I am looking into using some add-on that automated a mail merge from Google Spreadsheet data, via Google Doc templates, to PDFs that get emailed out.

Several add-ons that I looked into (such as autocrat) require, when attempting to install them, extensive permissions including full access to all of my Drive files and the ability to send email as me.

What kind of risks are there in installing such an add-on? Can it e.g. email back to its developers sensitive files from my Drive? And how can I mitigate some/all of these risks? (E.g. is it possible to extract the add-on source, verify it doesn't contain any funny stuff, and then install my own version of it?)

  • Have you learned anything about this. I'm surprised there's no answer yet.
    – orome
    Sep 20 '16 at 15:24
  • nothing yet I'm afraid :(
    – GJ.
    Sep 20 '16 at 21:02
  • It could not email sensitive files from your drive, as a sandbox prevents accessing most areas of the disk. However it could transmit everything you do in the browser to anyone it wants.
    – forest
    Feb 25 '18 at 6:57

If a tool requires extensive rights, then yes, it can use them. If the tool has full read access to your hard drive, it can indeed see your sensitive data and send it to the creators of the software.

To mitigate this, you can look for software that needs few permissions, and restrict the software as much as possible.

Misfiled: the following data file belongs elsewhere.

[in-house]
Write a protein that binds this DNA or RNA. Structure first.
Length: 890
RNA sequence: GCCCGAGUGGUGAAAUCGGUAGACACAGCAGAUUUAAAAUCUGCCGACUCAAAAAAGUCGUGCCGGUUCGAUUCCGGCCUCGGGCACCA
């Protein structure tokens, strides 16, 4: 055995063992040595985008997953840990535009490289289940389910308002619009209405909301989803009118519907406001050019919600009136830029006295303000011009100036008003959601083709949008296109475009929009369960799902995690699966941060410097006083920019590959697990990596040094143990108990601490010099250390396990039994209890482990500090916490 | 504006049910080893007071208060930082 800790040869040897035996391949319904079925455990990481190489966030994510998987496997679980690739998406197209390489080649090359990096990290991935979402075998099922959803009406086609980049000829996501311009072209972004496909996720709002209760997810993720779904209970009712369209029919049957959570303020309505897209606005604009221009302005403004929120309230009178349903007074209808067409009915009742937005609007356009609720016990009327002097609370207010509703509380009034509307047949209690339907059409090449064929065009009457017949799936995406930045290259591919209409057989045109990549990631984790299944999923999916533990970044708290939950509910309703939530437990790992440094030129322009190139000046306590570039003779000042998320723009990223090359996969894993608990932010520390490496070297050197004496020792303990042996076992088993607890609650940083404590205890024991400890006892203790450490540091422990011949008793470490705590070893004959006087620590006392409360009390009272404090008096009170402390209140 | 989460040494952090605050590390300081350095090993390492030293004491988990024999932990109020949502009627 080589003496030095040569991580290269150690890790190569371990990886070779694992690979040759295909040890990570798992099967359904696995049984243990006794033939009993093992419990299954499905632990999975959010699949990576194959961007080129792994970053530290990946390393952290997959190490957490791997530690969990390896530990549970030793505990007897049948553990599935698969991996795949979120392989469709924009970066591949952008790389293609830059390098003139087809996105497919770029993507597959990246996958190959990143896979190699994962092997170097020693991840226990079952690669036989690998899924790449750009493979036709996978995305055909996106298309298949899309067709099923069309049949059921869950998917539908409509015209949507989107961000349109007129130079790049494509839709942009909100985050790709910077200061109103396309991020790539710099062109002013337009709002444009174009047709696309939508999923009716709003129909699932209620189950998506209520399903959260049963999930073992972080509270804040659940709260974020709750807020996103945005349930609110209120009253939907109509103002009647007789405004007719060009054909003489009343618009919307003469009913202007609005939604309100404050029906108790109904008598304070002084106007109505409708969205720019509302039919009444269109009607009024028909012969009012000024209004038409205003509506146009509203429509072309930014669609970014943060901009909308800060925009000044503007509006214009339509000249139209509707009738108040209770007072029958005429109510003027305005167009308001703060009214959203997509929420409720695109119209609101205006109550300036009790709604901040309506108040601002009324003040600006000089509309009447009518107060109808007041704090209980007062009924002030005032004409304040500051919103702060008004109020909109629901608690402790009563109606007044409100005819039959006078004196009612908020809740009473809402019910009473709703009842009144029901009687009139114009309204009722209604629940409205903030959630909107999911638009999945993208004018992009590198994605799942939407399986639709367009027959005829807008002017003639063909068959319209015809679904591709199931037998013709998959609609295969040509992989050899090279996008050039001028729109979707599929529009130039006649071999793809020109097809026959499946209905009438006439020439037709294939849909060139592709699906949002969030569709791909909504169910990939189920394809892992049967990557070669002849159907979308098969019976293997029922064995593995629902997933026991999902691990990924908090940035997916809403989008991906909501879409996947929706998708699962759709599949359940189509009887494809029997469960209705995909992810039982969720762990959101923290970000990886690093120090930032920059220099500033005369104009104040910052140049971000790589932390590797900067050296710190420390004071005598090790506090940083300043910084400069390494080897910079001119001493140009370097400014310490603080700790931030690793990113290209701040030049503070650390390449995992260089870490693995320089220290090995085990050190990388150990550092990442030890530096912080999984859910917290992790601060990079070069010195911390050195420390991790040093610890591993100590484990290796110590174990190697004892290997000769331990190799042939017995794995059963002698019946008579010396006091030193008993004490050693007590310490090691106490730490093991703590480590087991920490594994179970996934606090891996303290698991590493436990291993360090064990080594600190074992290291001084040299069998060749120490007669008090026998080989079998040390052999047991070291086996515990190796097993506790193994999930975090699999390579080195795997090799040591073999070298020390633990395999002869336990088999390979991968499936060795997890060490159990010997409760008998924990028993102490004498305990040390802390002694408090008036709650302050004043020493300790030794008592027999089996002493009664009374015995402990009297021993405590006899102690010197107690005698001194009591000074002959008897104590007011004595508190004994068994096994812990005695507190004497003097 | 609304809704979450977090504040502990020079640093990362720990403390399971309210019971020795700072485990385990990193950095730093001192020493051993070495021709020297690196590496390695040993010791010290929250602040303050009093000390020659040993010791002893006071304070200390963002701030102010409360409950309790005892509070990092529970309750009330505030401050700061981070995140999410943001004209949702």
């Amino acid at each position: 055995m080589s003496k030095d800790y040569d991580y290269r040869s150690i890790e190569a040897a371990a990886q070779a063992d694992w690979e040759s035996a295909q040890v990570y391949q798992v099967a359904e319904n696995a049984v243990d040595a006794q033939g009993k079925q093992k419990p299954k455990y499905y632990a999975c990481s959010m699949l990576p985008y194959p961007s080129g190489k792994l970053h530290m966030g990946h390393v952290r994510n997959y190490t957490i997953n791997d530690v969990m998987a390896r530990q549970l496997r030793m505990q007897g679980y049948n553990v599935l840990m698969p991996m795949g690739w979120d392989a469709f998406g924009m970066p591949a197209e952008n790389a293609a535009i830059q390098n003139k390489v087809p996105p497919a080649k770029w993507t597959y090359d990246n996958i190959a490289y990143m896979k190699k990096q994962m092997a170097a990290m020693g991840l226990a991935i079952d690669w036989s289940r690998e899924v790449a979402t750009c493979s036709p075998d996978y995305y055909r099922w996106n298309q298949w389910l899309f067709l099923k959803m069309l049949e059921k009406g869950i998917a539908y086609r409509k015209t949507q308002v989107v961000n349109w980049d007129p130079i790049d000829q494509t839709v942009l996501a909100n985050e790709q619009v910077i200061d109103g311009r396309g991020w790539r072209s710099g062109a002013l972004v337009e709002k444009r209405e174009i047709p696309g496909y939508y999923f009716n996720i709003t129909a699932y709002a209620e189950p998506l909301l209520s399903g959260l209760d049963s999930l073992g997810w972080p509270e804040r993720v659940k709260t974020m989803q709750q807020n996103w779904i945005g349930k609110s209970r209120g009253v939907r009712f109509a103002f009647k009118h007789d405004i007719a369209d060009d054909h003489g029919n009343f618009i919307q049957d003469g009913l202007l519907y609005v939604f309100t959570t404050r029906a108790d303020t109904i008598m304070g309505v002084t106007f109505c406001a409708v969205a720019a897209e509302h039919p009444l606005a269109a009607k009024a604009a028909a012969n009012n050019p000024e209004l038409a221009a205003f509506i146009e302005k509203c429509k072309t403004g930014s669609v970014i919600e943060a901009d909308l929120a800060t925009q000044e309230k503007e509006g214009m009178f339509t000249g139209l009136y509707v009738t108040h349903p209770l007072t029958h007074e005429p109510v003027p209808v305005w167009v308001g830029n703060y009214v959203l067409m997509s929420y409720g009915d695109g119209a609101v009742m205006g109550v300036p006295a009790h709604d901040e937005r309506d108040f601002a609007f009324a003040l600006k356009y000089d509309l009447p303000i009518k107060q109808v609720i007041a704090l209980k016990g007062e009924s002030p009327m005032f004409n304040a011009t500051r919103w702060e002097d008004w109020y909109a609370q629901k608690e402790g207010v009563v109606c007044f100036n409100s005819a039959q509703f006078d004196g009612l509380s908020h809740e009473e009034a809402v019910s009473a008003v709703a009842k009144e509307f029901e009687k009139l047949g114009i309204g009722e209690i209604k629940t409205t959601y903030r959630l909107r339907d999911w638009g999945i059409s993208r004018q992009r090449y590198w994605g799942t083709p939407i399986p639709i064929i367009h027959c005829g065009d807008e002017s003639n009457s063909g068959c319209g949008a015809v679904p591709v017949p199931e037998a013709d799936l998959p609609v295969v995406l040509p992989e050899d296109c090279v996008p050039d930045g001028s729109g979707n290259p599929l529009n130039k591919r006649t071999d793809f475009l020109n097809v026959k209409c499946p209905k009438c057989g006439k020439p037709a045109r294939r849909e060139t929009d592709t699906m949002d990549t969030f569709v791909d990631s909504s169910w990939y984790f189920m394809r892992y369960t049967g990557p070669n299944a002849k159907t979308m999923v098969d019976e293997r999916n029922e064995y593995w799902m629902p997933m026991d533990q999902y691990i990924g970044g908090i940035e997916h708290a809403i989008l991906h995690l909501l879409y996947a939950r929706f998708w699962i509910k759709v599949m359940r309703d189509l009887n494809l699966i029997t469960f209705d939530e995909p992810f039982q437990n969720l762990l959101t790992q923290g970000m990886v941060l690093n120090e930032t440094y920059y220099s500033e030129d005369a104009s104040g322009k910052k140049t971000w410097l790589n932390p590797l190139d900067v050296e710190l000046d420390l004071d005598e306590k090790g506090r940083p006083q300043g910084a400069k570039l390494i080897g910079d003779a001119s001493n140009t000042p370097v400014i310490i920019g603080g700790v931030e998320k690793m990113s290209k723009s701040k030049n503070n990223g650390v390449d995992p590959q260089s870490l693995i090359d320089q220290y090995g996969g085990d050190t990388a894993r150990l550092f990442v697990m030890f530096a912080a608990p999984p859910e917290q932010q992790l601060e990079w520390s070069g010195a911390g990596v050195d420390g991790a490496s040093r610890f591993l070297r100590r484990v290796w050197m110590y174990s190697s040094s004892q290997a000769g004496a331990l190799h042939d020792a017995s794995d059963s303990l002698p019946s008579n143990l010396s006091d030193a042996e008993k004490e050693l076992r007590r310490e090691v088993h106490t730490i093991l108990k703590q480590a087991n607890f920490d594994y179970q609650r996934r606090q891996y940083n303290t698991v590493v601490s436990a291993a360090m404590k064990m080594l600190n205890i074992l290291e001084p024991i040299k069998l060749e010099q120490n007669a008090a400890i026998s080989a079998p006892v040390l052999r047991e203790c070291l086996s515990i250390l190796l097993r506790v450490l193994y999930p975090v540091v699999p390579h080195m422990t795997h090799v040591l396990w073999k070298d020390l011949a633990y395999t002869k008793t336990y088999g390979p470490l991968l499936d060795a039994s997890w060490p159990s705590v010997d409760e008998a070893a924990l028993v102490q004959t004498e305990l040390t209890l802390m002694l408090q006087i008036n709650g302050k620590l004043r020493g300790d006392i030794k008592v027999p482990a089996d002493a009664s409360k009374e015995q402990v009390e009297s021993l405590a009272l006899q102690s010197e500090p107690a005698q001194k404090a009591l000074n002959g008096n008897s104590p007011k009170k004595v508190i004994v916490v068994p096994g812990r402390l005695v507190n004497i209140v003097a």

You could do this by setting up a separate account for the mail merge software. This has the added advantage that you can have the mail come from a different name than you. (E.g. "Tennis Club" instead of "G.J."). Making it clear to recipients that it is not you personally, but the entity on whose behalf you are running the mail merge.

Apart from restricting the rights, you could run the software in a VM or (ideally) on a separate machine. That is still no guarantee, malware can escape a VM sometimes; there was a vulnerability allowing that, a few years ago.

If the software insists on being installed with admin/root privileges, then you'll want to run it in a VM.


I had the same question. Here are some thoughts I found. https://spinbackup.com/blog/security-risks-google-add-ons/

The gist is these are not made by Google and therefore there is always some risk. In fact it sounds a bit like apps on a phone, except seemingly without any Google recommendations.

  • Even if it was made by Google, that is no guarantee. Aside from the chance that someone at Google might be a blackhat, there could simply be vulnerabilities that they overlooked.
    – S.L. Barth
    Feb 23 '18 at 19:37

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